Safety fears raised Royal Navy aircraft carriers’ new fighter-jets

A helicopter flypast at the formal naming ceremony for HMS Queen Elizabeth in Rosyth Dockyard, Fife Picture: Andrew Milligan/PA Wire

A helicopter flypast at the formal naming ceremony for HMS Queen Elizabeth in Rosyth Dockyard, Fife Picture: Andrew Milligan/PA Wire

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DEFENCE officials have insisted the nation’s next generation of fighter jets will be able to operate from Britain’s new aircraft carriers amid a fresh wave of safety fears.

Falklands war hero Commander Nigel ‘Sharkey’ Ward has hit out at the use of the new F-35B Lightning II jet on the Royal Navy’s Queen Elizabeth-class supercarriers.

The veteran Harrier pilot – who shot down eight Argentine aircraft in the Falklands – claimed pilots of the new state-of-the-art jets would be ‘taking their lives in their hands’ if they flew off the decks of the new navy flagships.

In a report to the UK’s defence committee – which scrutinises the government’s armed forces policies – Cdr Ward said the jets would be unable to land safely on the carriers in bad weather.

But the concerns were last night swept aside by the Ministry of Defence, with officials saying they were ‘confident’ in both the new carriers and multibillion pound stealth jets.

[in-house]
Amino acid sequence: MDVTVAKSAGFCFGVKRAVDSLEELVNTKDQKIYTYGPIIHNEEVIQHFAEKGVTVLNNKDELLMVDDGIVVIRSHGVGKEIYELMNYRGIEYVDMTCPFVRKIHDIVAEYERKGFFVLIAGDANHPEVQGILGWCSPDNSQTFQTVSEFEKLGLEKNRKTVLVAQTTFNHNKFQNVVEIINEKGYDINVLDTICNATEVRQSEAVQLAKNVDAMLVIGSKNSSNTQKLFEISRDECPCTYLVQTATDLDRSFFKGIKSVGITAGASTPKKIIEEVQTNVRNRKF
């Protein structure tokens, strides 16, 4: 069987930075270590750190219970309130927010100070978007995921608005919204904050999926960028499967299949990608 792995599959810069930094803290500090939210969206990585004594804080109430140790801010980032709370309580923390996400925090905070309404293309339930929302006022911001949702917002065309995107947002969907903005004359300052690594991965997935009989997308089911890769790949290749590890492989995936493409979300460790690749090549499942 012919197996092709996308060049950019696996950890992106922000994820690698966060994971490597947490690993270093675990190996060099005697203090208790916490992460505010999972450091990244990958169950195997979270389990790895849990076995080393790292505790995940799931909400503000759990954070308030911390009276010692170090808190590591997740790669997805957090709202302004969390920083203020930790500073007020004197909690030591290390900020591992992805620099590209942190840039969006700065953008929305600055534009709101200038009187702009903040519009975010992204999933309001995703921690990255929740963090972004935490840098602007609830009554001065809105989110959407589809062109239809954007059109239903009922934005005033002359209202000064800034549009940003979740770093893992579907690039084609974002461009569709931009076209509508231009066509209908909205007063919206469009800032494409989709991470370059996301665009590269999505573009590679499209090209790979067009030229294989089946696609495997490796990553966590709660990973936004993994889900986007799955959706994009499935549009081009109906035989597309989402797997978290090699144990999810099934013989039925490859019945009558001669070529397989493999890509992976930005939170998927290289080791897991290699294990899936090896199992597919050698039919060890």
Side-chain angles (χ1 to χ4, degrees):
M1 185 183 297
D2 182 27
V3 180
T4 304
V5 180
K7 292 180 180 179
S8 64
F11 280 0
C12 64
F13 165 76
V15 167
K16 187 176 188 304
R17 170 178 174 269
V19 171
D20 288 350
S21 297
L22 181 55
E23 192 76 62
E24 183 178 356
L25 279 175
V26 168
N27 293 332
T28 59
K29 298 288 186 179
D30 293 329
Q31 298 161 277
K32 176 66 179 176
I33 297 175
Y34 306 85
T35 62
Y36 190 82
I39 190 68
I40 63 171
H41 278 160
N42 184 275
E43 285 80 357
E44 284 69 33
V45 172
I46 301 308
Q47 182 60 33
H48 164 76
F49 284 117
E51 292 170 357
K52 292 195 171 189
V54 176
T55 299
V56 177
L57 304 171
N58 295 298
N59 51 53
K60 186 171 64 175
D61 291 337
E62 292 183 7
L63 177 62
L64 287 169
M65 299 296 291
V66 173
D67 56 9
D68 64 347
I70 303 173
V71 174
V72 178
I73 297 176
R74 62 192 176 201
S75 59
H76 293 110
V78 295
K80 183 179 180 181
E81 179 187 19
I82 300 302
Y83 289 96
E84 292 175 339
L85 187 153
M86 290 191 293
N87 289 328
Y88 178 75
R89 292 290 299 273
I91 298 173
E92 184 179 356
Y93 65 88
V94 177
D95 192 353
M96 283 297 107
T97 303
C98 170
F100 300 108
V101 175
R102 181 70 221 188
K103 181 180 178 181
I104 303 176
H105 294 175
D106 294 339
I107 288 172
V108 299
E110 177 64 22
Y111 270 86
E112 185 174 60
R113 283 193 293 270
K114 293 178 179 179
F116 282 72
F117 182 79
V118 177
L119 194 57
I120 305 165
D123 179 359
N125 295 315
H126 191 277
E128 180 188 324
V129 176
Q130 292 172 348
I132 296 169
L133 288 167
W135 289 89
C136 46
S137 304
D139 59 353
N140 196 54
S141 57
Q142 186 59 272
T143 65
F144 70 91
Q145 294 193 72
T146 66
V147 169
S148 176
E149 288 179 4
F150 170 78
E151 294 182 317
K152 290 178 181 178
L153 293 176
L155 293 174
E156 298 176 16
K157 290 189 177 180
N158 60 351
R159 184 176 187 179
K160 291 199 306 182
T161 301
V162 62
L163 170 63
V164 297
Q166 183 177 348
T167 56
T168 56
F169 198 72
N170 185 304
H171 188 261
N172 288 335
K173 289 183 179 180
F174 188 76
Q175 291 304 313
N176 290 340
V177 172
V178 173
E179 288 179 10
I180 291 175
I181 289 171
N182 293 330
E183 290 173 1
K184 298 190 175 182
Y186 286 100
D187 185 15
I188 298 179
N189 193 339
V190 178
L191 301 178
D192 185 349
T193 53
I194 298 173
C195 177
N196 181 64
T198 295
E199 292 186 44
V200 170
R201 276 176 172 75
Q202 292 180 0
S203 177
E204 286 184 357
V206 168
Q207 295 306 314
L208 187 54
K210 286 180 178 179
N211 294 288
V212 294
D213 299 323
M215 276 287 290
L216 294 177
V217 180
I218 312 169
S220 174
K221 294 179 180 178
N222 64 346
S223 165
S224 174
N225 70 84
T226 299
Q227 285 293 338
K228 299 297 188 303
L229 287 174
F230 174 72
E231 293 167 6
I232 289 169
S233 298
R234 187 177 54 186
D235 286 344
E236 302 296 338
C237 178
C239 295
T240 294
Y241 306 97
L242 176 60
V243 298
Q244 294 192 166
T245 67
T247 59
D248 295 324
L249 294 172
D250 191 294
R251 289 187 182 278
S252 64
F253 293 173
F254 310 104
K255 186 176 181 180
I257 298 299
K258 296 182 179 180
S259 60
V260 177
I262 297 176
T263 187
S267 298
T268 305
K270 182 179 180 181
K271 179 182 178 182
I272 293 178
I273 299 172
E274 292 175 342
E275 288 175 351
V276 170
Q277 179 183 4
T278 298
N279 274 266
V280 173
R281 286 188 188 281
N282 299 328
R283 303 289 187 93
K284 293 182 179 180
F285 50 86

A spokesman said: ‘There is no design anomaly in the Queen Elizabeth-class carriers, and the F-35B has been designed to operate from them in bad weather and heavy seas. We are confident that both platforms offer the best capability for our armed forces.’

The two new aircraft carriers – worth £6.2bn – will be based in Portsmouth with the first, HMS Queen Elizabeth, arriving later this year.

In Cdr Ward’s letter to the panel of MPs, he said there was ‘real danger to life and limb’ using the F-35B to conduct shipborne rolling vertical landings.

He claimed the jets had ‘no true vertical lift’ capability, instead relying on a short take-off and vertical landing method (STOVL).

He added that a new form of approach lights, which have been installed on the 65,000-tonne carriers to guide pilots back to the ship were flawed – particularly in rough seas and foul weather.

And he claimed when ships were ‘heaving’ in turbulent seas, pilots may end up following the up and down movement of the approach lighting – a ‘cardinal sin’ which could cause jets to crash.

‘Just wait until the real conditions are experienced at sea in bad weather, by night and in warmer climes,’ he said.

‘It is not exaggerating to state from experience that the F-35B flight operations from and to the deck will be hounded by flight safety considerations.’

BAE Systems, which is part of the team building the new aircraft carriers, said the F-35B and Queen Elizabeth-class of ships would be able to operate ‘across the range of conditions required’.

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